DUP will ‘work to defeat Brexit deal’, says Sammy Wilson
Theresa May will travel to Brussels for talks with Jean-Claude Juncker
Speaking on Sky News, the MP said the deal will remove Northern Ireland from the UK in the long term, and confirmed that Monday night’s vote was sending a political message.
The party joined with Labour to cut the government’s majority to just five in a Commons vote on the budget.
They also abstained on a series of other amendments to the finance Bill on Monday night in a move intended to send a “political message” to Mrs May.
Their actions appeared to call into question the future of the “confidence-and-supply” arrangement by which the DUP props up Mrs May’s minority Conservative government.
Under the terms of the deal, agreed after Mrs May lost her Commons majority in last year’s general election, the Northern Ireland party is supposed to back the government on budget matters and on confidence votes.
But DUP Brexit spokesman Sammy Wilson said Mrs May’s deal with Brussels breached a “fundamental” assurance that Northern Ireland would not be separated constitutionally or economically from the rest of the UK.
“We had to do something to show our displeasure,” he told BBC2’s Newsnight.
“She has broken all of those promises – to the people of the United Kingdom, to her own party and to the people of Northern Ireland.”
The EU and UK reached a deal last Tuesday on a draft Brexit withdrawal agreement, including a mechanism to guarantee that there will be no hard border on the island of Ireland.
The agreement, which runs to hundreds of pages, includes a UK-wide customs backstop with provisions for extra alignment with EU rules in Northern Ireland, although the deal has been met with opposition from the DUP, Labour and members of her own party, who are hoping to force a no-confidence motion in her leadership.
Mrs May will travel to Brussels on Wednesday for Brexit talks with European Commission president Jean-Claude Juncker. Downing Street said the meeting was part of the “ongoing negotiations over the future framework” agreement with the EU.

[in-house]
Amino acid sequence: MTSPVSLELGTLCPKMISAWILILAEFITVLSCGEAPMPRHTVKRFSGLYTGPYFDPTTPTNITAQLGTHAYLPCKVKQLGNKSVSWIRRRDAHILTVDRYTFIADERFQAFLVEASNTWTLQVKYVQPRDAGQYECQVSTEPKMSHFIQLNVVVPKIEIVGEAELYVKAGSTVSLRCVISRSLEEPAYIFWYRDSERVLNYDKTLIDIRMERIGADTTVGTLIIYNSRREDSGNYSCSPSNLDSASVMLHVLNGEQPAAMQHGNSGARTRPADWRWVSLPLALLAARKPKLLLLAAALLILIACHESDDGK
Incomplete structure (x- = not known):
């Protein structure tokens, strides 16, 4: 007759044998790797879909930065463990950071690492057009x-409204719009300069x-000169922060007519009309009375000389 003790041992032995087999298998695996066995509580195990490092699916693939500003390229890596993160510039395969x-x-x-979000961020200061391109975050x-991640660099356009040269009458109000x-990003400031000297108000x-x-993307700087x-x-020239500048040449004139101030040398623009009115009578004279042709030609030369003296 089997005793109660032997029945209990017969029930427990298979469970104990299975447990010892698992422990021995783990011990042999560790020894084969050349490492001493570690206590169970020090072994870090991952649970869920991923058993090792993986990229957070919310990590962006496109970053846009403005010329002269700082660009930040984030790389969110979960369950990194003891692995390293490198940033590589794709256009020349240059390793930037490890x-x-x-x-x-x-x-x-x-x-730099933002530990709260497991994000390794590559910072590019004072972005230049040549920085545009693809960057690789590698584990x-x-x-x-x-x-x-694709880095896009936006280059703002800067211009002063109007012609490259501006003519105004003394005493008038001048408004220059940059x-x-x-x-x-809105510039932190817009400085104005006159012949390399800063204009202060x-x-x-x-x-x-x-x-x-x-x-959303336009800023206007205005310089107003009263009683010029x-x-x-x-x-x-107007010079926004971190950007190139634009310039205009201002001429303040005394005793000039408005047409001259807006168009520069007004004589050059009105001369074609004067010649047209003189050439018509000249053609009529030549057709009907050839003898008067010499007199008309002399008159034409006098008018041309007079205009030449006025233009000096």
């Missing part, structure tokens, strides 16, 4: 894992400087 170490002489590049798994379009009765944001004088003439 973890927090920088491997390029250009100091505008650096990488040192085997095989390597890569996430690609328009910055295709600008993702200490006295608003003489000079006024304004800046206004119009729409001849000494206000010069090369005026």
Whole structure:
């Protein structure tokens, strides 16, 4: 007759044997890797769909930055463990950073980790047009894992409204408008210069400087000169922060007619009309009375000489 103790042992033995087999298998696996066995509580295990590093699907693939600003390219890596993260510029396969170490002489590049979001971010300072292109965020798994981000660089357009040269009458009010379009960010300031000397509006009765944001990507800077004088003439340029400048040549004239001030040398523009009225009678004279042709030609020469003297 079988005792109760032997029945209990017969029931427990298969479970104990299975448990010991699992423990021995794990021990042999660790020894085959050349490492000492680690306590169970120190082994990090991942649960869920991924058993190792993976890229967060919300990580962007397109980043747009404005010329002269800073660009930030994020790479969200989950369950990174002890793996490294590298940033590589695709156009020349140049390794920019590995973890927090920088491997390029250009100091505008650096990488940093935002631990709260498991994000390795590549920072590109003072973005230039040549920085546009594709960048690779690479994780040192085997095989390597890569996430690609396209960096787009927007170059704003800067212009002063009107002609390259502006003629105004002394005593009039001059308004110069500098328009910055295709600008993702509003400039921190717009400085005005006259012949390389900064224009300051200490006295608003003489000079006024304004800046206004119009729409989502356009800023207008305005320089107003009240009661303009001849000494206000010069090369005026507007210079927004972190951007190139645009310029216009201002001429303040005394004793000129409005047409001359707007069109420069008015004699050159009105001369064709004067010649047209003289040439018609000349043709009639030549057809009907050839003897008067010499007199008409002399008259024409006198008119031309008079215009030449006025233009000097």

It is understood the talks are set to focus on future long-term relations between the UK and EU, rather than on the withdrawal deal that Mrs May unveiled last week.
EU states are expected to finalise their work on a political declaration on the bloc’s future ties with Britain after Brexit. National envoys are due to meet the commission’s negotiators on Tuesday evening to discuss a text.
Mrs May has insisted her draft deal puts Northern Ireland in a “fantastic position” in an opinion piece published in the Belfast Telegraph. The prime minister claimed the region’s constitutional status within the UK had been guaranteed in the agreement.
“The challenge of Brexit has always been to continue our deep trading links and security co-operation with the EU in our new relationship, whilst freeing us to take advantage of the opportunities, such as an independent trade policy,” she wrote.
“This deal strikes that balance, and puts Northern Ireland is a fantastic position for the future.
While the DUP and other unionists remain opposed to the deal, Mrs May highlighted the business and agricultural organisations in Northern Ireland that have voiced support, including the CBI, Federation of Small Businesses, Institute of Directors, Chamber of Commerce and Ulster Farmers’ Union.
Meanwhile, prominent Brexiteer Jacob Rees-Mogg warned the Conservatives would be stuck with Mrs May as leader for the next general election unless they moved to get rid of her now.
Amid signs the attempt by Brexiteers to force a vote of confidence in the prime minister had stalled, Mr Rees-Mogg acknowledged they were struggling to get the support they needed.
But the leader of the pro-Brexit European Research Group (ERG) insisted there was little enthusiasm among Tory MPs for Mrs May to take them into the next election, due in 2022.
“I think it is now or the prime minister will lead the Conservatives into the next election,” he told reporters at a Westminster news conference. “You find MPs privately who will say to you they think that is a really good idea in any number and I would be quite surprised.”
Members of the Conservative European Research Group were last week confidently predicting they would get the 48 letters of no confidence needed to trigger a vote in her leadership.
However, there has been no announcement from the chairman of the backbench 1922 Committee, Sir Graham Brady, they have reached that tally while the number of MPs who have publicly declared they submitted letters remains in the 20s.– PA